Wear Me Into Spring

Wear Me Into Spring is a 30 minute long Program combining taiko and dance pieces that is strung together with dances set to the poem Remnants by William Leo Coakley.

It is presented as a Free to Stream video, filmed over the course of a single afternoon at MAAS Building. We encourage you to watch and tip your performers by the paypal link at the bottom of this page.

Wear Me Into Spring was also adapted for stage and presented as part of a live show with Cannonball Festival, September 23-25 2021 from 5:30-6:30 PM. The live show contained the main program of Wear Me Into Spring as well as more pieces exclusive to the live show.

Main Program (Video & Live)

  • Remnants Part I - Spring

  • Two Chaps

  • Duet

  • Hana Hachijo

  • Remnants Part II - Summer

  • Urban Legend

  • Utsu Hachijo

  • Remnants Part III - Winter

Live Show Exclusive

  • In The Air

  • Lion Chant

  • The Shades

    • Sleep

    • Passage

    • Remember

  • Omiyage

Remnants

William Leo Coakley

When I disappear,
you will find me in the charity shop
in my old clothes–
wear me into the spring
I knew would return forever.

In high summer, in the torrential rains,
toss them into the beech's cave of leaves
and feel the grooved initials,
remembering a different love–
or that love is possible.

When I am work out at last in winter,
lay me on the spent logs,
on the fiery remnants,
and I will keep you warm
for one more hour in the night.

Hachijo

About 200 miles south of Tokyo is the island of Hachijo-jima. Hachijo has a long history of local taiko performances and has inspired two separate kumi-daiko songs that have become popularized over the years in the taiko community.

Hana Hachijo

Arranged 22 years ago and made popular by Chieko Kojima of Kodo, Hana Hachijo is a rendition of the festival drumming from the summers. Hana is flower in Japanese, and this piece incorporates rhythms from Hachijo with dance-like movements that add beauty, grace, and color.

Utsu Hachijo

This song is a version of the arrangement popularized by Ondekoza. Utilizing rhythms found in festivals in Hachijo Island, Ondekoza created a rendition of the song for stage performance. This is one of the first taiko songs that popularized the kumidaiko art form globally.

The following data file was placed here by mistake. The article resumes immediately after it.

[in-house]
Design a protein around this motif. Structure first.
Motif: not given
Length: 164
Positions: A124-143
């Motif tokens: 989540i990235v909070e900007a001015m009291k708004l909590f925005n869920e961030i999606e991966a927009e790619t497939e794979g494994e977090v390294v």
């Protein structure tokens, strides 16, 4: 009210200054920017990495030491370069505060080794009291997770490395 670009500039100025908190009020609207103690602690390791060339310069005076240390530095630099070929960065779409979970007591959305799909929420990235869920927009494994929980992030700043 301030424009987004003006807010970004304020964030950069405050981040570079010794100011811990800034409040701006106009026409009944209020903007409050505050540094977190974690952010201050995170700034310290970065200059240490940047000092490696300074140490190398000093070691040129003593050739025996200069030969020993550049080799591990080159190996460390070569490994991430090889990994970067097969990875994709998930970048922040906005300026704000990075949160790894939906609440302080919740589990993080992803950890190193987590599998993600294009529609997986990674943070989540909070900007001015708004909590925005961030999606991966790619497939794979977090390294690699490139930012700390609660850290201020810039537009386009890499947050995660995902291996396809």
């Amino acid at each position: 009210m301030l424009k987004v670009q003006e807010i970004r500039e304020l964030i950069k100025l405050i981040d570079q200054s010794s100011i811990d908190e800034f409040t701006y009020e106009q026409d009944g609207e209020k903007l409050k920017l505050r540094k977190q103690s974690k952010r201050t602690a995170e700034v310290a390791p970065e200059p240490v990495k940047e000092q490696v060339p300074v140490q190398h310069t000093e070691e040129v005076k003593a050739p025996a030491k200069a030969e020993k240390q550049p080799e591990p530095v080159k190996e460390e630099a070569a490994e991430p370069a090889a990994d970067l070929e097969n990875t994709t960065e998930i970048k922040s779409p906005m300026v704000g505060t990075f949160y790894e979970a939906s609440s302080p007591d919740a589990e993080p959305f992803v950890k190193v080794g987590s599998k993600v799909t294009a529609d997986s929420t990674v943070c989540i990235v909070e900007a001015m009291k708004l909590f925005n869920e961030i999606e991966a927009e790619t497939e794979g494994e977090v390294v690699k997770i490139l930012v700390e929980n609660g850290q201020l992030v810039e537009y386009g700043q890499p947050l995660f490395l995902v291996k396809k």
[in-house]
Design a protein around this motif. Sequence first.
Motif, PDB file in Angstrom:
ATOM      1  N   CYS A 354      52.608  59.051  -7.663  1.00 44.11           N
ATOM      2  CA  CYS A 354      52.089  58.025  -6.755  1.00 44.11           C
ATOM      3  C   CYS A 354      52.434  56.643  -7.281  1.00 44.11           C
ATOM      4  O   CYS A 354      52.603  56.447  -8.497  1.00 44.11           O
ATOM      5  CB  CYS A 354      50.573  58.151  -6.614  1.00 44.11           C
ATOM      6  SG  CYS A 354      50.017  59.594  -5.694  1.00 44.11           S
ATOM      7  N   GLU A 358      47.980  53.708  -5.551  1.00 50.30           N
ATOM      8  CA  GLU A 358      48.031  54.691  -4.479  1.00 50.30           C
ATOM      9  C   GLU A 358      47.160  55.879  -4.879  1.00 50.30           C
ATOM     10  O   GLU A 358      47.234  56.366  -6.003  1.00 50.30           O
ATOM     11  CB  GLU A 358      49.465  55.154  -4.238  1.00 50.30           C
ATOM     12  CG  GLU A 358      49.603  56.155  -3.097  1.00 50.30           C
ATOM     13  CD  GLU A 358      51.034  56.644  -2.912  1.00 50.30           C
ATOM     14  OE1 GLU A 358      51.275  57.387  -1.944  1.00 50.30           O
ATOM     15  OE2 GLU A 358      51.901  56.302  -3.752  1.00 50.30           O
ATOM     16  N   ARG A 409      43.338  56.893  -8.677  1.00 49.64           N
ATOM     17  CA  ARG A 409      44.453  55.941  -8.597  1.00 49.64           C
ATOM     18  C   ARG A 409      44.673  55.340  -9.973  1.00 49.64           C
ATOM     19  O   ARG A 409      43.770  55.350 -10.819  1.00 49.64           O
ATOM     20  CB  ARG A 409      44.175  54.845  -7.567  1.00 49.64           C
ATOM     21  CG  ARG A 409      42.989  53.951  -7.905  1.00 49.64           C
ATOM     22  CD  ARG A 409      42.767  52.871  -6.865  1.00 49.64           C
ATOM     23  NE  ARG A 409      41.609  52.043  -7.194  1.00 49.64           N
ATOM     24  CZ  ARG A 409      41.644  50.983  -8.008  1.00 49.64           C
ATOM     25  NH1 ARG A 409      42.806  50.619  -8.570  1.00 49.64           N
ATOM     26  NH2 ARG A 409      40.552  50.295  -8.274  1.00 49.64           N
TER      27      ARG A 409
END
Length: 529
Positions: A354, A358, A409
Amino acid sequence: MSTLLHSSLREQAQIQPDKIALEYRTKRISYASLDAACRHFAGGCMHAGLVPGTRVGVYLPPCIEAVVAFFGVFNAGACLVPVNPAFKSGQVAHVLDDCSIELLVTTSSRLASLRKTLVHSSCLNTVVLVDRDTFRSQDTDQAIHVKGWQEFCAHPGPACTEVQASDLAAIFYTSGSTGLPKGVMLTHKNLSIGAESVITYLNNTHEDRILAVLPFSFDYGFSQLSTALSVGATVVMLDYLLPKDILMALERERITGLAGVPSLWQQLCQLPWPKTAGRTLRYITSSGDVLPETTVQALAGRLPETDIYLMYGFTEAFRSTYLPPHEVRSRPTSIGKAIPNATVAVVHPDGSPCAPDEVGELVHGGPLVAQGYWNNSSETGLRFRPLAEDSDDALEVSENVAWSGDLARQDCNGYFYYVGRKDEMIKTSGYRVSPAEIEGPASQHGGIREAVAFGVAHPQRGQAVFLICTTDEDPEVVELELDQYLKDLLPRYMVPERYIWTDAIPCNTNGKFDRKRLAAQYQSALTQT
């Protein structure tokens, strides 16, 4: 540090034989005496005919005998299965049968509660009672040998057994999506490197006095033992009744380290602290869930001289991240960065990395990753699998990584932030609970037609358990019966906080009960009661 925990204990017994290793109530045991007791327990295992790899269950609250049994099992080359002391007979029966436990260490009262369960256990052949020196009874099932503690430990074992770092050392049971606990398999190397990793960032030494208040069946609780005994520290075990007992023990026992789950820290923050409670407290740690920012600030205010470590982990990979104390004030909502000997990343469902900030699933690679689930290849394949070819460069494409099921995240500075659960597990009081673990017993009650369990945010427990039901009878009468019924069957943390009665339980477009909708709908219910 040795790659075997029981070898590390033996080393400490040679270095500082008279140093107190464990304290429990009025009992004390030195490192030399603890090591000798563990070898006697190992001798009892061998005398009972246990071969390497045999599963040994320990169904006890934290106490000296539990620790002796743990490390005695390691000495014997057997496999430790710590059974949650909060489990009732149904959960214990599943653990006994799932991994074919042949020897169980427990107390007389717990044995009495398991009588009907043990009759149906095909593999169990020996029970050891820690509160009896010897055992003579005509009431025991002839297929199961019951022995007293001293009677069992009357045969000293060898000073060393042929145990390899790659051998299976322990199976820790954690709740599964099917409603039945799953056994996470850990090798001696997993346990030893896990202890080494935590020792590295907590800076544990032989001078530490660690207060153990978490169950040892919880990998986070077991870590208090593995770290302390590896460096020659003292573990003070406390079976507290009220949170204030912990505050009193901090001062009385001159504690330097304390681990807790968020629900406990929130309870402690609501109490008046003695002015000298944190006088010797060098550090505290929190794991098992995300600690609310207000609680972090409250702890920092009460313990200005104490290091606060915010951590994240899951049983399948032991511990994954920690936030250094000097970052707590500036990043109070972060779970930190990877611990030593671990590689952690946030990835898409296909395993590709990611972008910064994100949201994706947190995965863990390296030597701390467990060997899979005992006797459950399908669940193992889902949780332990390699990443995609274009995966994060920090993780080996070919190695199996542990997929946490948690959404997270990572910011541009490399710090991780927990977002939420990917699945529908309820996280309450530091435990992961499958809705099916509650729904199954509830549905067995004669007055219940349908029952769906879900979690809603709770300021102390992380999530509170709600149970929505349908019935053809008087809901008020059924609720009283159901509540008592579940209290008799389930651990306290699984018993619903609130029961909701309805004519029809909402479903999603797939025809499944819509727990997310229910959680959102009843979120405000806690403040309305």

Etude for 2

Choreographed by Jim May

Performed by Alex Pfister and Meggi Sweeny Smith

Debussy: Prelude No 2, Book 1: Voiles

Conversations

Wear Me Into Spring features a number of duets acting as conversations between performers. There are some set beats to get the duo from beginning to end, but each performance is unique; including improvisation and playing off of one another.

Two Chaps

Chappa (Japanese Percussive Cymbals)

and Tap Dance

Urban Legend

Taiko set and House Dance

Live Show Exclusives

Lion Chant

Lion Chant is an open source Taiko piece composed by Shoji Kameda. Lion Chant draws inspiration from a combination of interlocking kecak dance rhythms from Bali (Monkey Chant) with old Tokyo rhythms from Shishimai (Lion Dance). These are combined for an ensemble piece and interlaced with solos.

The Shades

Choreographed by Jim May, these dances are three solos based on Auguste Rodin's "The Three Shades" representing Sleep, Death, and Subconscious.

Dream
(Sleep)

Choreographed by Jim May
Performed by Meggi Sweeny Smith
Debussy: Valse
Romantique

Passage
(Death)

Choreographed by Jim May
Performed by Jim May
Sergey Rachmaninoff:
Prelude Op. 23, No. 1

Remember
(Subconscious)

Choreographed by Jim May
Performed by Alex Pfister
Ginastara:
Danzas Argentinas, Op. 2: II. Danza de la Moza Donoza

Omiyage

Omiyage refers to the traditional Japanese custom of gift-giving.

Written by Shoji Kameda as it was conceptualized and created by TAIKOPROJECT in 2004, this is a copy-left open-source taiko song. Like a gift, Omiyage is open to learn, practice and perform by any group, and it has found a home in the repertoire of many taiko groups globally. In the Casual Fifth version we perform features an added ending and inspiration from some of our favorite arrangements.

Cast

Mac Evans has been playing Taiko since 2005. He has performed and worked administratively with taiko groups from Maine to Boston to NYC. In addition to drumming for this show he is the de facto videographer, editor, stage manager, etc.

Alex Pfister

Alex Pfister is a modern dancer and taiko performer. She pursued dance semi-professionally in NYC, studying with Jim May, Betty Jones and Fritz Ludin, performing with the Sokolow Theatre Dance Ensemble and Kaoru Watanabe's Neo, and choreographing independent works.

Jim May has been a dancer on the New York scene for over 40 years, notably as a disciple of Anna Sokolow for 35 years and co-artistic director of her dance company since 1990. His performance career spans modern dance, ballet, and broadway, and his resume in choreographing and teaching is just as extensive. In 1999 he received the Bessie Award for lifetime achievement.

Jim May moved to Philadelphia in 2017

Meggi Sweeny Smith grew up in the midwest and has been in NYC since 2007 as dance soloist, student, and educator.

She likes to dance.

Photo credit: Karli Cadel

Maddie Hopfield (she/her) is a dancer, choreographer, and writer from Culver City, CA. She began collaborating with Alex and Mac in the winter of 2020.

Live Show

John Heward
Reluctant Pianist

David Yee
Musician

Peter Schwab
Supporting Musician

Yue Qiu
Taiko & Transitions

Nick Loh
Taiko & Transitions

The video performance is presented for free.

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